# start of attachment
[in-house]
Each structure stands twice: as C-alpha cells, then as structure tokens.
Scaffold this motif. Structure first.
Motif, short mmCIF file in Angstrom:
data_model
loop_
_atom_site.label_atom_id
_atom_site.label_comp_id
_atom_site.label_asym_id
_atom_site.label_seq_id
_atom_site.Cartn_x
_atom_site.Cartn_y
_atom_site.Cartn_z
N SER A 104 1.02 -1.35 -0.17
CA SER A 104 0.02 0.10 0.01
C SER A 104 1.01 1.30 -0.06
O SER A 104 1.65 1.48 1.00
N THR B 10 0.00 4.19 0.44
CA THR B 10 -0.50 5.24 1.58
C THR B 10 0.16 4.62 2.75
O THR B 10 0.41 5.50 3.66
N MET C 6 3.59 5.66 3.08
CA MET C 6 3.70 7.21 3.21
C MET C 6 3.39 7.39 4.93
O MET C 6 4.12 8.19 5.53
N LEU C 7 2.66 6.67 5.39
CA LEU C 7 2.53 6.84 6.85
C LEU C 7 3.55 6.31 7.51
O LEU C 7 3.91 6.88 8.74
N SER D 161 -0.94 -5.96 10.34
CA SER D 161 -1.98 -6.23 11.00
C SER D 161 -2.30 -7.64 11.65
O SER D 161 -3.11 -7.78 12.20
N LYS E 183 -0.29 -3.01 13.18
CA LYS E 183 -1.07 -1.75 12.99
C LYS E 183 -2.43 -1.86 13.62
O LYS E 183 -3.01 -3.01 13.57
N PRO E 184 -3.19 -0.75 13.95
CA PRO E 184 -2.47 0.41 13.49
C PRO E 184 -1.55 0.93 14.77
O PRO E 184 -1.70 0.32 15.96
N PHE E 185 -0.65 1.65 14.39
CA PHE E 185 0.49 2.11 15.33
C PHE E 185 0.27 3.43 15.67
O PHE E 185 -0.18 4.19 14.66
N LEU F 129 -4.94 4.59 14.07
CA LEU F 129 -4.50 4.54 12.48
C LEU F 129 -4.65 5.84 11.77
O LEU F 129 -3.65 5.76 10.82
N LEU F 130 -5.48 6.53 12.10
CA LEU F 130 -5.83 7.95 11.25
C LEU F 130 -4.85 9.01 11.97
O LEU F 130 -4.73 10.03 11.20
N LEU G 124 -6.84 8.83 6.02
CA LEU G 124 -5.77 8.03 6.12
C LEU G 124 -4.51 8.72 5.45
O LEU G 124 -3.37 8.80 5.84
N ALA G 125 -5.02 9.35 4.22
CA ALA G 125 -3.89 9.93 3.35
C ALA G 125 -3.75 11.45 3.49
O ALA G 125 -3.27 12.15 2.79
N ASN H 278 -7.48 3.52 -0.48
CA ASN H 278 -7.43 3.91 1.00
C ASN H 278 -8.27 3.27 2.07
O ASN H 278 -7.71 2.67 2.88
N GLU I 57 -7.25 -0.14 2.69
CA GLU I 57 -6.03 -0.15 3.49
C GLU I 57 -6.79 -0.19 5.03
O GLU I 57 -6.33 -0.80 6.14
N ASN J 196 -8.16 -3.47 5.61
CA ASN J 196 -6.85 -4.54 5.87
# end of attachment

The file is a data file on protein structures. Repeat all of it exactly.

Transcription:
[in-house]
Each structure stands twice: as C-alpha cells, then as structure tokens.
Scaffold this motif. Structure first.
Motif, short mmCIF file in Angstrom:
data_model
loop_
_atom_site.label_atom_id
_atom_site.label_comp_id
_atom_site.label_asym_id
_atom_site.label_seq_id
_atom_site.Cartn_x
_atom_site.Cartn_y
_atom_site.Cartn_z
N SER A 104 1.02 -1.35 -0.17
CA SER A 104 0.02 0.10 0.01
C SER A 104 1.01 1.30 -0.06
O SER A 104 1.65 1.48 1.00
N THR B 10 0.00 4.19 0.44
CA THR B 10 -0.50 5.24 1.58
C THR B 10 0.16 4.62 2.75
O THR B 10 0.41 5.50 3.66
N MET C 6 3.59 5.66 3.08
CA MET C 6 3.70 7.21 3.21
C MET C 6 3.39 7.39 4.93
O MET C 6 4.12 8.19 5.53
N LEU C 7 2.66 6.67 5.39
CA LEU C 7 2.53 6.84 6.85
C LEU C 7 3.55 6.31 7.51
O LEU C 7 3.91 6.88 8.74
N SER D 161 -0.94 -5.96 10.34
CA SER D 161 -1.98 -6.23 11.00
C SER D 161 -2.30 -7.64 11.65
O SER D 161 -3.11 -7.78 12.20
N LYS E 183 -0.29 -3.01 13.18
CA LYS E 183 -1.07 -1.75 12.99
C LYS E 183 -2.43 -1.86 13.62
O LYS E 183 -3.01 -3.01 13.57
N PRO E 184 -3.19 -0.75 13.95
CA PRO E 184 -2.47 0.41 13.49
C PRO E 184 -1.55 0.93 14.77
O PRO E 184 -1.70 0.32 15.96
N PHE E 185 -0.65 1.65 14.39
CA PHE E 185 0.49 2.11 15.33
C PHE E 185 0.27 3.43 15.67
O PHE E 185 -0.18 4.19 14.66
N LEU F 129 -4.94 4.59 14.07
CA LEU F 129 -4.50 4.54 12.48
C LEU F 129 -4.65 5.84 11.77
O LEU F 129 -3.65 5.76 10.82
N LEU F 130 -5.48 6.53 12.10
CA LEU F 130 -5.83 7.95 11.25
C LEU F 130 -4.85 9.01 11.97
O LEU F 130 -4.73 10.03 11.20
N LEU G 124 -6.84 8.83 6.02
CA LEU G 124 -5.77 8.03 6.12
C LEU G 124 -4.51 8.72 5.45
O LEU G 124 -3.37 8.80 5.84
N ALA G 125 -5.02 9.35 4.22
CA ALA G 125 -3.89 9.93 3.35
C ALA G 125 -3.75 11.45 3.49
O ALA G 125 -3.27 12.15 2.79
N ASN H 278 -7.48 3.52 -0.48
CA ASN H 278 -7.43 3.91 1.00
C ASN H 278 -8.27 3.27 2.07
O ASN H 278 -7.71 2.67 2.88
N GLU I 57 -7.25 -0.14 2.69
CA GLU I 57 -6.03 -0.15 3.49
C GLU I 57 -6.79 -0.19 5.03
O GLU I 57 -6.33 -0.80 6.14
N ASN J 196 -8.16 -3.47 5.61
CA ASN J 196 -6.85 -4.54 5.87